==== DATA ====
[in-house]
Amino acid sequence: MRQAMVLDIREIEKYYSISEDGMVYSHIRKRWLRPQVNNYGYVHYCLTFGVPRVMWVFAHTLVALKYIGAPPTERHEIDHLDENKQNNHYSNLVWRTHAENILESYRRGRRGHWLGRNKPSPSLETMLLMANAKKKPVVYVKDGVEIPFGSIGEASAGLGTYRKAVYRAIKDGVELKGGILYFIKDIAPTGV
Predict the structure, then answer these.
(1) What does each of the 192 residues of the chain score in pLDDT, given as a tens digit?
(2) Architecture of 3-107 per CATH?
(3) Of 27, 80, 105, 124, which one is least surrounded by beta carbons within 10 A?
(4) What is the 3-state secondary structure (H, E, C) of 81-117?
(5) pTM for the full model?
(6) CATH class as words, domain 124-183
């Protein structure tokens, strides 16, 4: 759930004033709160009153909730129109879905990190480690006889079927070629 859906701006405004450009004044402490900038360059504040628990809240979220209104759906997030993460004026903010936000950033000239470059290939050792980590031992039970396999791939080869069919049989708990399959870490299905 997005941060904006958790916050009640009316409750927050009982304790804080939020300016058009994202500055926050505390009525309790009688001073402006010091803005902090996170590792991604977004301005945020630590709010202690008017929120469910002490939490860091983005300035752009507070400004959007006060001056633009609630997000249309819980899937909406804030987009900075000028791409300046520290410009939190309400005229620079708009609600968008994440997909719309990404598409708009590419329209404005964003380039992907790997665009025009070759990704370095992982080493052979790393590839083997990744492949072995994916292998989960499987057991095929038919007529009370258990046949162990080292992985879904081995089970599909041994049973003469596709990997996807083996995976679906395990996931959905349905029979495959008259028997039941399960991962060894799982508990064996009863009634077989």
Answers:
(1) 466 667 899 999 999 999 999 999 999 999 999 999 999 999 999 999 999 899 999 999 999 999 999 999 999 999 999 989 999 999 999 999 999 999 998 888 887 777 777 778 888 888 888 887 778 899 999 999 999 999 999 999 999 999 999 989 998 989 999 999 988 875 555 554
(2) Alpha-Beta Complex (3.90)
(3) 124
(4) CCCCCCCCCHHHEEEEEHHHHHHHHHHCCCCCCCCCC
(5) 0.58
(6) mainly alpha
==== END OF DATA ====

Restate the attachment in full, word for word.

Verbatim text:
[in-house]
Amino acid sequence: MRQAMVLDIREIEKYYSISEDGMVYSHIRKRWLRPQVNNYGYVHYCLTFGVPRVMWVFAHTLVALKYIGAPPTERHEIDHLDENKQNNHYSNLVWRTHAENILESYRRGRRGHWLGRNKPSPSLETMLLMANAKKKPVVYVKDGVEIPFGSIGEASAGLGTYRKAVYRAIKDGVELKGGILYFIKDIAPTGV
Predict the structure, then answer these.
(1) What does each of the 192 residues of the chain score in pLDDT, given as a tens digit?
(2) Architecture of 3-107 per CATH?
(3) Of 27, 80, 105, 124, which one is least surrounded by beta carbons within 10 A?
(4) What is the 3-state secondary structure (H, E, C) of 81-117?
(5) pTM for the full model?
(6) CATH class as words, domain 124-183
């Protein structure tokens, strides 16, 4: 759930004033709160009153909730129109879905990190480690006889079927070629 859906701006405004450009004044402490900038360059504040628990809240979220209104759906997030993460004026903010936000950033000239470059290939050792980590031992039970396999791939080869069919049989708990399959870490299905 997005941060904006958790916050009640009316409750927050009982304790804080939020300016058009994202500055926050505390009525309790009688001073402006010091803005902090996170590792991604977004301005945020630590709010202690008017929120469910002490939490860091983005300035752009507070400004959007006060001056633009609630997000249309819980899937909406804030987009900075000028791409300046520290410009939190309400005229620079708009609600968008994440997909719309990404598409708009590419329209404005964003380039992907790997665009025009070759990704370095992982080493052979790393590839083997990744492949072995994916292998989960499987057991095929038919007529009370258990046949162990080292992985879904081995089970599909041994049973003469596709990997996807083996995976679906395990996931959905349905029979495959008259028997039941399960991962060894799982508990064996009863009634077989």
Answers:
(1) 466 667 899 999 999 999 999 999 999 999 999 999 999 999 999 999 999 899 999 999 999 999 999 999 999 999 999 989 999 999 999 999 999 999 998 888 887 777 777 778 888 888 888 887 778 899 999 999 999 999 999 999 999 999 999 989 998 989 999 999 988 875 555 554
(2) Alpha-Beta Complex (3.90)
(3) 124
(4) CCCCCCCCCHHHEEEEEHHHHHHHHHHCCCCCCCCCC
(5) 0.58
(6) mainly alpha